Justice Clarence Thomas — Trump’s “favorite” justice — last year concluded the previous president overstepped his authority by naming a general counsel to lead the National Labor Relations Board on a temporary basis, later making it permanent.
But the Senate never confirmed the official.
The high court then invalidated a host of NLRB decisions made by the official, with Thomas warning, “Appointing principal officers under the [Federal Vacancies Reform Act], however, raises grave constitutional concerns because the Appointments Clause forbids the president to appoint principal officers without the advice and consent of the Senate.”
Stand up and be counted. Immigration is also at the forefront of an executive spat over the 2020 census, and plans by the administration to include a question on citizenship.
The Supreme Court has agreed to hear arguments in February over whether Commerce Secretary Wilbur Ross acted legally when adding the question in the once-a-decade head count.
At issue for the justices will be what kind of evidence can be considered in an ongoing lawsuit, including the deposition of a top Justice Department official. Kavanaugh and his colleagues had earlier denied a request by a dozen states and cities, plus civil rights groups, to depose Ross himself, for the district court trial that ended last week. The justices had separately allowed that trial to proceed.
Ross argues the citizenship question will allow proper enforcement of the Voting Rights Act. Opponents say it will discourage immigrant households from participating in the survey, and thereby skew the population figures.
“The Trump administration is terrified of having to explain on the record why it added a census citizenship question,” said Dale Ho, director of the ACLU’s Voting Rights Project. “The record is clear that the administration added the citizenship question to intimidate immigrant communities, not to enforce the Voting Rights Act.”
Cross to bear. At a busy intersection in the Maryland suburbs just outside Washington stands the Peace Cross, a memorial to World War I veterans. The 100th anniversary of that conflict was commemorated earlier this month.
Lower courts ruled the 40-foot tall cross in a highway median “has the primary effect of endorsing religion and excessively entangles the government in religion.”
The state’s governor and other officials say the monument’s context and history show it is intended to convey a secular message or remembrance, not a religious message.
Now the Supreme Court will have the final say, with oral arguments early next year. It will be the first hot-button social issue to be addressed by the justices this term, and by its newest member.
It is an issue of deep importance to many conservatives. The Trump Justice and HHS Departments earlier this year launched separate offices of religious freedom and liberty.
In Kavanaugh’s contentious Senate confirmation, Ted Cruz (R-Texas), attacked Democrats who he claimed “want justices that will further that assault on religious liberty.”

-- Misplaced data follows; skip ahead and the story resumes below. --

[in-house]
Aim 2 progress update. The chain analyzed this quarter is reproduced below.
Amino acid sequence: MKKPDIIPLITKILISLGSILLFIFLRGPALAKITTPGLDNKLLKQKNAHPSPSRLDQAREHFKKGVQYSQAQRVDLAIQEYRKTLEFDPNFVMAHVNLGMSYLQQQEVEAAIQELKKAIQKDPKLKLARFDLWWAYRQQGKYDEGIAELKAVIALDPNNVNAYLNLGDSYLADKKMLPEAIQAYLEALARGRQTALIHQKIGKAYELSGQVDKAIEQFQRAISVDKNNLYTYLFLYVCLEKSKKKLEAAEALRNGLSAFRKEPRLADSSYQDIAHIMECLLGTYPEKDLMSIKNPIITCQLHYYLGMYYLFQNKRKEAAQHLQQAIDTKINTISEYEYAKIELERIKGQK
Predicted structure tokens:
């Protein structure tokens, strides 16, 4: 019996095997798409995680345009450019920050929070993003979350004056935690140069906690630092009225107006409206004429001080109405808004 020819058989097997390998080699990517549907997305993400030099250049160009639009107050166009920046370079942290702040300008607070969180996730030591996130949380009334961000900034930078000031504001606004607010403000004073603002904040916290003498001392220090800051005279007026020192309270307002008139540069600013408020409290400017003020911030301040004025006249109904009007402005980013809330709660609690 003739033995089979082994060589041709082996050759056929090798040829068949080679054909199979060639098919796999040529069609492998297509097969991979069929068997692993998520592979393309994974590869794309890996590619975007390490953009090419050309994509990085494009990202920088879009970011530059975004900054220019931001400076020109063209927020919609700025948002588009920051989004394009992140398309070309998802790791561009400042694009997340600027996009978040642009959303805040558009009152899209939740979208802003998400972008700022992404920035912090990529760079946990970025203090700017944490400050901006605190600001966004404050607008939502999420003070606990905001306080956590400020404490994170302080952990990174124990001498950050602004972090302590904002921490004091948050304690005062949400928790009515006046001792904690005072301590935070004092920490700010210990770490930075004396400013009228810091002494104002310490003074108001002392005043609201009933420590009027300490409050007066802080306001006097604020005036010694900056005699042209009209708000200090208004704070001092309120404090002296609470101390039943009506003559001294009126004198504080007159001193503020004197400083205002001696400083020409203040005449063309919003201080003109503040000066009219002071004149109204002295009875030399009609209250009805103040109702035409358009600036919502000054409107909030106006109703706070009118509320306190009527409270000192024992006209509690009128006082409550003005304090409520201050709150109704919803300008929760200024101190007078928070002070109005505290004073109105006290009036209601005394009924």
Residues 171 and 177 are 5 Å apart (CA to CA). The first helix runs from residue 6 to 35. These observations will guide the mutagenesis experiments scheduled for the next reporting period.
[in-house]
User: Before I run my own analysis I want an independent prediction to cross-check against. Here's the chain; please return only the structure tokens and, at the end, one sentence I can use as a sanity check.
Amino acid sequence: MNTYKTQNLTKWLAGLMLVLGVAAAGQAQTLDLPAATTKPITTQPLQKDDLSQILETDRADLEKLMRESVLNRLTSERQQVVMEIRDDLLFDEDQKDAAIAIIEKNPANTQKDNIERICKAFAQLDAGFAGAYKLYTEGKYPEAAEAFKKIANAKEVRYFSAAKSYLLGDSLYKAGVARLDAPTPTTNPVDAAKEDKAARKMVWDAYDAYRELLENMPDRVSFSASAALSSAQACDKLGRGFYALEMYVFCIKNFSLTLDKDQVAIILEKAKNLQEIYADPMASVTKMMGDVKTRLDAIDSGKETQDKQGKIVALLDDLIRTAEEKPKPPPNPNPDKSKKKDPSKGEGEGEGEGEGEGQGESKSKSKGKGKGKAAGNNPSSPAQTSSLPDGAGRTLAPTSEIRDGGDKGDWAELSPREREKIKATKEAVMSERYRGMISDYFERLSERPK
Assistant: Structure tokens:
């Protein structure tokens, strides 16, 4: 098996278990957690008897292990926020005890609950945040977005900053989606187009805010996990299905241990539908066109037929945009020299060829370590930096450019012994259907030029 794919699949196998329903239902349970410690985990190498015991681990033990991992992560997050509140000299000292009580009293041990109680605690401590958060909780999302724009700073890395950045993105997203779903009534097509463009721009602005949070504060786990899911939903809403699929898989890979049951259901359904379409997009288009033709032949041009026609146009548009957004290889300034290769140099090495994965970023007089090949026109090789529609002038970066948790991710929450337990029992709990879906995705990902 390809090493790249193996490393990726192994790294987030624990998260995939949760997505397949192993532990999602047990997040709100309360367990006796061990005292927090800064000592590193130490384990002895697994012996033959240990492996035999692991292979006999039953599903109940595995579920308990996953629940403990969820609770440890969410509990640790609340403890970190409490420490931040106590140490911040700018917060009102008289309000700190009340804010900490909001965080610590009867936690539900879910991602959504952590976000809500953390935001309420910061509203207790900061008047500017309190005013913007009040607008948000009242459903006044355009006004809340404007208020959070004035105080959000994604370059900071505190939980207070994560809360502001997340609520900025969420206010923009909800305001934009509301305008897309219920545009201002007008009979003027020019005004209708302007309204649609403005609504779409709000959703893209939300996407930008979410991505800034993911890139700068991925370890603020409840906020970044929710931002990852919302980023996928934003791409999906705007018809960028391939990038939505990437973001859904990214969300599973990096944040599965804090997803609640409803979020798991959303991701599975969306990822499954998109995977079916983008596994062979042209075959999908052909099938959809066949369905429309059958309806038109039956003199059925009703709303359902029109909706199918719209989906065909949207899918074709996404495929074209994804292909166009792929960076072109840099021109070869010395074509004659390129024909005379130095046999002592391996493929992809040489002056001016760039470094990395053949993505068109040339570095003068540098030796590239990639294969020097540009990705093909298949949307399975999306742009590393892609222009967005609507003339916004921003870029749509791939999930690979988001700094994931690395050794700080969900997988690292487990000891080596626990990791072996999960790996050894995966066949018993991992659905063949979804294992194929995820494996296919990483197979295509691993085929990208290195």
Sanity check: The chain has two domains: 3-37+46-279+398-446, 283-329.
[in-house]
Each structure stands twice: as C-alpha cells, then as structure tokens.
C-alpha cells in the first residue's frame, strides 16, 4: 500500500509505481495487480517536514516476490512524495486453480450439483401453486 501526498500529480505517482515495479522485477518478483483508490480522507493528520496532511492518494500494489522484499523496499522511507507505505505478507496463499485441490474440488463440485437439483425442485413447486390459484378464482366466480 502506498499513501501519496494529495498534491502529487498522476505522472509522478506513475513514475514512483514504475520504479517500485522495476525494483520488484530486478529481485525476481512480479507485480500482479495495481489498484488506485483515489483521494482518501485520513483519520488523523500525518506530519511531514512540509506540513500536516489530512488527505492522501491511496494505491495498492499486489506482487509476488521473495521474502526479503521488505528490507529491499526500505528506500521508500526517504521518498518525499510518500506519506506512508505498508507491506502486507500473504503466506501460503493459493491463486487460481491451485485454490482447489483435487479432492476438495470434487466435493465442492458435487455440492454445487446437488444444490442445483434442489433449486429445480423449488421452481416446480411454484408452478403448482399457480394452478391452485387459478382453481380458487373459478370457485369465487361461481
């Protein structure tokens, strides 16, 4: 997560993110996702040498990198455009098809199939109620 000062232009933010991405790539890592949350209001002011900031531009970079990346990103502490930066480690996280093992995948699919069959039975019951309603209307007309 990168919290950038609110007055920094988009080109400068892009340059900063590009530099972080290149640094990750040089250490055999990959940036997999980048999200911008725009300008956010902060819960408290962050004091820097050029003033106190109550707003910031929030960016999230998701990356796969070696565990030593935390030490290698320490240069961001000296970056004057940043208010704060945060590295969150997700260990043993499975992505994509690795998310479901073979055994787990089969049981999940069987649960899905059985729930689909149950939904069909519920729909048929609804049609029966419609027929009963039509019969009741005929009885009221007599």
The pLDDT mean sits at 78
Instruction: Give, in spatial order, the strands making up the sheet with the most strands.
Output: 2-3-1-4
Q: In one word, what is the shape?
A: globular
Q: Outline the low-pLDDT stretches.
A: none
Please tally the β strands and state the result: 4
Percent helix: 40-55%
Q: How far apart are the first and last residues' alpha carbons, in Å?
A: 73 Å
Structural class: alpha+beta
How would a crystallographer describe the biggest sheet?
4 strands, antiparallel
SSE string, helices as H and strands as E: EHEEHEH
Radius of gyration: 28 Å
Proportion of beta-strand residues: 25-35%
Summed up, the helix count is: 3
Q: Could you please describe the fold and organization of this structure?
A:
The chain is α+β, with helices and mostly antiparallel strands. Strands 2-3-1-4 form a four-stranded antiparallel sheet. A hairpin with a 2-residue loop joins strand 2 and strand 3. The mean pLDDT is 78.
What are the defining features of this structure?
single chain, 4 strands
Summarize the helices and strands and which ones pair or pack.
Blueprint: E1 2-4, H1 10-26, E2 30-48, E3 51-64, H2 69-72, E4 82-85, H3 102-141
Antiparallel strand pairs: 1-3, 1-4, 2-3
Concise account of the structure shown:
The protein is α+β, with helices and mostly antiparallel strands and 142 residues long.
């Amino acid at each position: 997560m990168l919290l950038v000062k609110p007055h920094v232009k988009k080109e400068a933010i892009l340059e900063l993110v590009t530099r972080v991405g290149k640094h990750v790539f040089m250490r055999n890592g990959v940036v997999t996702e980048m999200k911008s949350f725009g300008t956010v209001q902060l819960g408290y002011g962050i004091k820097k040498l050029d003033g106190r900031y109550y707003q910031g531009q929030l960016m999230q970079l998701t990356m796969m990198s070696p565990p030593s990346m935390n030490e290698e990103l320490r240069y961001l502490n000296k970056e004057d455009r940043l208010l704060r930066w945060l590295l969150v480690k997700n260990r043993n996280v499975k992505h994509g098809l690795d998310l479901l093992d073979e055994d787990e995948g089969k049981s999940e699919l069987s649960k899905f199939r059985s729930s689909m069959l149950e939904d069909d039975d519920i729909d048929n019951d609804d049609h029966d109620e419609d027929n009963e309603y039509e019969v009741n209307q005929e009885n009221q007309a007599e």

The nominee was more subdued, refusing multiple invitations to engage in that debate or say how he would vote in such cases. Instead he offered bland support for “the principle of religious liberties written right into the First Amendment to the Constitution, and the Framers understood the importance of protecting conscience.”
The conservative-led high court in recent years has rebuked government officials who would infringe on private individuals or groups expressing their religious conscience in objecting to laws that protect LGBTQ and reproductive rights.
Those include a narrow June decision backing a Colorado baker’s refusal to make a custom wedding cake for a same-sex couple; and a 2014 ruling giving some closely-held for-profit corporations the right to withhold coverage of contraception for their employees.
Kavanaugh, who is Catholic, dissented in 2015 in similar case at his appeals court, over whether the Obamacare mandate to provide contraception applied as well to religious non-profits with a doctrinal opposition, such as charities, hospitals and schools.
Now the current Maryland cross case gives the high court another opportunity to expand on the contentious intersection of faith and the law, with a fresh voice who could be the controlling vote.
Building influence. At the Supreme Court, every vote by the justices counts the same, although who writes the all-important opinions — where precedent is established — often falls to more senior members. The “new guy” may have to wait years to have his judicial imprint on society and the law.
For years, Justice Kennedy held that role, authoring landmark rulings on gay marriage, abortion, and school prayer.
Kavanaugh seems poised to play for the long term, for now keeping a low-key personal and professional profile.
“He is not going to try and establish a reputation right out of the gate as bomb thrower,” said Dupree. “When people look back on Kavanaugh’s first year on the bench, they’re going to say this is the right justice at the right time.”
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This Fox News piece by Shannon Bream and Bill Mears is used by permission. Shannon Bream currently serves as anchor of Fox News Channel’s (FNC) “Fox News @ Night with Shannon Bream” (weekdays 11 p.m.-12 a.m./ET). She joined the network in 2007 as a Washington, D.C- based correspondent covering the Supreme Court.